24 March 2008

world tuberculosis day

today, march 24, is the international day against tuberculosis. if you're wondering why we need such a day, the world health organization's latest report will tell you that 9.2 million people were infected with the disease and 1.5 million died from it in 2006 (the latest year for which data is available). the majority of these people live in the developing world.

i became familiar with the disease over the past few months, when reading cases of starvation and tb related deaths amongst a weaving community in varanasi, india.

"The decline of India’s weaving industry, particularly the hand woven sari trade of Varanasi--which once enjoyed great prosperity—has led to many deaths, from hunger and tuberculosis... While the cases involving malnutrition and starvation clearly indicate the complete failure of India’s food distribution system and relevant government bureaucracies, the cases of tuberculosis infection spotlight the country’s failing health care system."

"The decline of the handloom weaving industry—caused by the introduction of the power loom, cheap imports and a lack of government intervention—has led to many weavers being out of work. These weavers were proud of their occupation, which was a family trade, passed on through several generations. One such weaver, Jamaluddin, who has been working as a weaver for about 20 years, is racked with illness and weakening eyesight. He has now given up weaving and taken to carpentry, a trade alien to him. He earns only 20 -25 rupees a day, with which he cannot make ends meet. His child is also sick, but he cannot afford medical treatment for his child or himself. Jamaluddin told the tribunal that he burns up all the medical prescriptions in rage and frustration."

you can read the entire article here.

another concern regarding tb is the prevalence of infection amongst those suffering from HIV/AIDS. (this might be a good topic for my next africa post). according to india's health and family welfare minister, not only are women more prone to HIV infections, but at present tb is the "single biggest killer of young women".

world tb day tells you what is being done to change this situation.

12 March 2008

representation of islam in american media

managing editor of the washington post, Philip Bennet, gave a lecture titled "covering islam: a challenge for american journalism" at the university of california, irvine on march 3.

"The United States news media has failed to produce sustained coverage of Islam to challenge the easy assumptions, gross generalizations or untested rhetoric that shape perceptions of Muslims."

with regard to Middle East coverage, Bennett says the media "fails to demonstrate a critical understanding of the region’s history, culture and context." (this can be said of many regions and many media).

one of Bennett's solutions to this failure is to bring in more muslim journalists. hmm, i can see this going down well with the more conservative sector of the american population.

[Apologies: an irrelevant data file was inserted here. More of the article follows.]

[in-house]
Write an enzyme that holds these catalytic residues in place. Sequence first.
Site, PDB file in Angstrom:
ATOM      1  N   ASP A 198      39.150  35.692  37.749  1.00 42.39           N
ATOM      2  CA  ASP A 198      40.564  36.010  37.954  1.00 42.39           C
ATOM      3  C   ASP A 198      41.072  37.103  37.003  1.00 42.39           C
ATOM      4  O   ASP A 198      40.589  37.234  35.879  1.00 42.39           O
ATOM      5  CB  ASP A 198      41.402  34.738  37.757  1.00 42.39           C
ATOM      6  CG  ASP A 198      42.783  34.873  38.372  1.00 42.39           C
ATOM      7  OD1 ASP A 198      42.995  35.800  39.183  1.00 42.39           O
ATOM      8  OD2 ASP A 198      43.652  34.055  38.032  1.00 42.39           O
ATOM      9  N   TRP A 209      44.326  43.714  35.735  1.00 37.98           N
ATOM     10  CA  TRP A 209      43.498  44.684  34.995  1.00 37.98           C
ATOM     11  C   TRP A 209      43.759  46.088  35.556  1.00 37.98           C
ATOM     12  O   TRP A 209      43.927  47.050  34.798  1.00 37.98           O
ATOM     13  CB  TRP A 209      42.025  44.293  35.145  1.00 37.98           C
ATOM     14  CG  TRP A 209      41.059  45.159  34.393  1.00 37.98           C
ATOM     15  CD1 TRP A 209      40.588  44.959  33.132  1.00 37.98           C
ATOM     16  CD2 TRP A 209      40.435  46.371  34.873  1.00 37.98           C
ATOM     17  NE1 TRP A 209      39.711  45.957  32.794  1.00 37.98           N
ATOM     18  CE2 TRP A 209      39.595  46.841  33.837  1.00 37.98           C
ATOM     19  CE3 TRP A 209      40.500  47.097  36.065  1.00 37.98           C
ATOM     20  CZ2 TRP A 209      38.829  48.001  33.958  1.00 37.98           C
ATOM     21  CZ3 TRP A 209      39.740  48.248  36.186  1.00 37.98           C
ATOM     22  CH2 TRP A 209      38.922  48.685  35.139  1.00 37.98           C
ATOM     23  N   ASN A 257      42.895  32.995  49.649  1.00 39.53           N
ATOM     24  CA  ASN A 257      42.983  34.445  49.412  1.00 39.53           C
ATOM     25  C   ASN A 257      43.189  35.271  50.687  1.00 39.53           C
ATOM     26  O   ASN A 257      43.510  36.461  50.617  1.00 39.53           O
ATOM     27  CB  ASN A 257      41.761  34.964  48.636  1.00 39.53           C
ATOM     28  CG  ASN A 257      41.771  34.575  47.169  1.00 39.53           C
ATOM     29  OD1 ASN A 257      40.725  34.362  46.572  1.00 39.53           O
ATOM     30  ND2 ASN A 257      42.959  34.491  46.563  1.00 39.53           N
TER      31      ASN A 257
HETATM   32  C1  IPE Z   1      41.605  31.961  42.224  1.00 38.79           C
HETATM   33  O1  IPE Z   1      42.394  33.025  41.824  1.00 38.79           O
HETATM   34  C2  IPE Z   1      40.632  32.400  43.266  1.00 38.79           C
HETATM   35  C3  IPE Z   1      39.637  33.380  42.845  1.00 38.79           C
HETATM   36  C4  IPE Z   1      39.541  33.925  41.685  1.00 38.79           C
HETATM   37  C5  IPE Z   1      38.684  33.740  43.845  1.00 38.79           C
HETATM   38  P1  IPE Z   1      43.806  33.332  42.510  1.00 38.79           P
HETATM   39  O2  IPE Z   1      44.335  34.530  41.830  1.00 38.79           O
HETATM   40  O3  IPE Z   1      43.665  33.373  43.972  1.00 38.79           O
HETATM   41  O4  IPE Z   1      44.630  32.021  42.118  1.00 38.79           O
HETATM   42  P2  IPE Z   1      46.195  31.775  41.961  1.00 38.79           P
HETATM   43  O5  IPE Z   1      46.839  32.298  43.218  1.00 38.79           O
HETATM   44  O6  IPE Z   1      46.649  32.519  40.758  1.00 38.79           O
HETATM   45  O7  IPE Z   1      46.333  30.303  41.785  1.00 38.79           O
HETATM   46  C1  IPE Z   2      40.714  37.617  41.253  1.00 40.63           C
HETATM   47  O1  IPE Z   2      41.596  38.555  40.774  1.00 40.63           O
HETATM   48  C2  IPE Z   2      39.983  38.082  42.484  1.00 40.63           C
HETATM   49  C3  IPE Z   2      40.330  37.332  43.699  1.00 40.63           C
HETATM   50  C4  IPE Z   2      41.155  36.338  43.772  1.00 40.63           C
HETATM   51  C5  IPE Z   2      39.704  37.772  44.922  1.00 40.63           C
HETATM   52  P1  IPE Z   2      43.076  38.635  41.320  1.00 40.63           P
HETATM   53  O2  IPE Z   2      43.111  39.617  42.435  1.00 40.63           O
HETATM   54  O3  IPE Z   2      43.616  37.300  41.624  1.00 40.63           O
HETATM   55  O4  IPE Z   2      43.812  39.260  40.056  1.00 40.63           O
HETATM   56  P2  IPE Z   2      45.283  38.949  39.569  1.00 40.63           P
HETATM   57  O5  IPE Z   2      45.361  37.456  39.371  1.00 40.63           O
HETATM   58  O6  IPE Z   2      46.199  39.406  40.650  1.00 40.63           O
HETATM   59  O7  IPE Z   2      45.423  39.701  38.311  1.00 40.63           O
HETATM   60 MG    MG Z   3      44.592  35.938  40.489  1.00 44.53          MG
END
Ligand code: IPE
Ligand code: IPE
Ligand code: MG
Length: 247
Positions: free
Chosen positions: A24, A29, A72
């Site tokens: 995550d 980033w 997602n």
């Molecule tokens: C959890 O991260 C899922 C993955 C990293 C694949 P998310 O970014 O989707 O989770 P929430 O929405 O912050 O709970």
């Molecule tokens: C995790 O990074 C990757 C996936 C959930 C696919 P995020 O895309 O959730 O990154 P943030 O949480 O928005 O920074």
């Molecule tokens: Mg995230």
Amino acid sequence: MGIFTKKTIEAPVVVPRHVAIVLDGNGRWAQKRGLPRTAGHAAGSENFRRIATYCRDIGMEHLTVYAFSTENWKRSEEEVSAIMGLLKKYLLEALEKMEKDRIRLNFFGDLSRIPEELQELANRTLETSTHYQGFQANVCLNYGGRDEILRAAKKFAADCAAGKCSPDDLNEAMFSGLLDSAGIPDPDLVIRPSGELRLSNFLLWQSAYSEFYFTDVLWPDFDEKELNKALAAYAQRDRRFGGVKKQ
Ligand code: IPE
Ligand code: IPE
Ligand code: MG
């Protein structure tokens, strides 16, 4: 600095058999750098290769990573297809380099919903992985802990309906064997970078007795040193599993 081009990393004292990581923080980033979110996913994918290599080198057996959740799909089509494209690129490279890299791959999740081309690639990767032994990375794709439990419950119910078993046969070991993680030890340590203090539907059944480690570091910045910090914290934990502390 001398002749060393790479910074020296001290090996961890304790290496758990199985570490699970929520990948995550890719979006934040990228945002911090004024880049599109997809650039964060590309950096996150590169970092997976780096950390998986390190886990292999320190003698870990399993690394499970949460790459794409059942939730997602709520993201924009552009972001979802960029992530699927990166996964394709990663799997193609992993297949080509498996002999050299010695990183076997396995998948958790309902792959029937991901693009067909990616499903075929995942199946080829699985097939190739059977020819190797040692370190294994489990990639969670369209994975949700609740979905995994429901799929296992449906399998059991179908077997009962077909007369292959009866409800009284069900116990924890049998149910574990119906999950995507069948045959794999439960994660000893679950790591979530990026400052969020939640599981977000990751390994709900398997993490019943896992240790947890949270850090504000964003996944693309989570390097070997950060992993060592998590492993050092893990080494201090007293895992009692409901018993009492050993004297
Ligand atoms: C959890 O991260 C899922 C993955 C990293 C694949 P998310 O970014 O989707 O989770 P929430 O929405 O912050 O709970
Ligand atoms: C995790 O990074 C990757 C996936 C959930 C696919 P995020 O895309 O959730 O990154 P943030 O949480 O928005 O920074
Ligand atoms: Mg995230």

i agree with the principle, but i don't think that by simply having more muslim journalists, the issue of representation is solved. more importantly, as he noted himself, "coverage of Islam is always dominated by political and military conflict and for all sides 'the media is a part of the battle space'." all media has its own ideology and political stance; this will inevitably affect its portrayal of anything, including islam. in that case, it is not the journalists but the editors and managing boards that would need to be muslim.

03 March 2008

what do muslims want?

a Gallup poll of more that 50 000 muslims in 35 countries (90 per cent of the global muslim population) has been done, and the results will form part of a new book, Who Speaks for Islam? What A Billion Muslims Really Think.

how interesting. you can read the bbc story here, which gives some info on the poll results; the majority of muslims want democracy, but not a democracy imposed by the west, for instance. doesn't sound much like the muslims the mainstream media generally portrays. more info on the book is also available here.

02 March 2008

china's influence in africa

the romance of china and africa is suddenly the talk of all media. every site i read, has some story regarding china's increasing influence in the continent. this is possibly because i have been reading far more on africa than i usually would due to my international news class, as well as the fact that the beijing olympics has everyone ready to blackmail china for everything, the most obvious being steven spielberg's recent resignation. i was quite amused by that whole episode, as well as the various blog posts it generated. my favorite by far was this one by zhongnanhai.

today, i came across a bbc story on how china is responsible for africa's eroding press freedom, according to a report by reporters without borders. the story was not able to prove the claim in anyway; i don't know if the actual report does any better. you can read some african reactions to this here, all of which, needless to say, were quite scathing of the claim.

i haven't researched chinese reactions yet, but i wouldn't be surprised if they were just as harsh. i make no denial of china's atrocious human rights record, but i have to say that it is arrogance of the highest order, to claim that china is somehow responsible for all of africa's ills. especially when you fail to take into account all the players involved.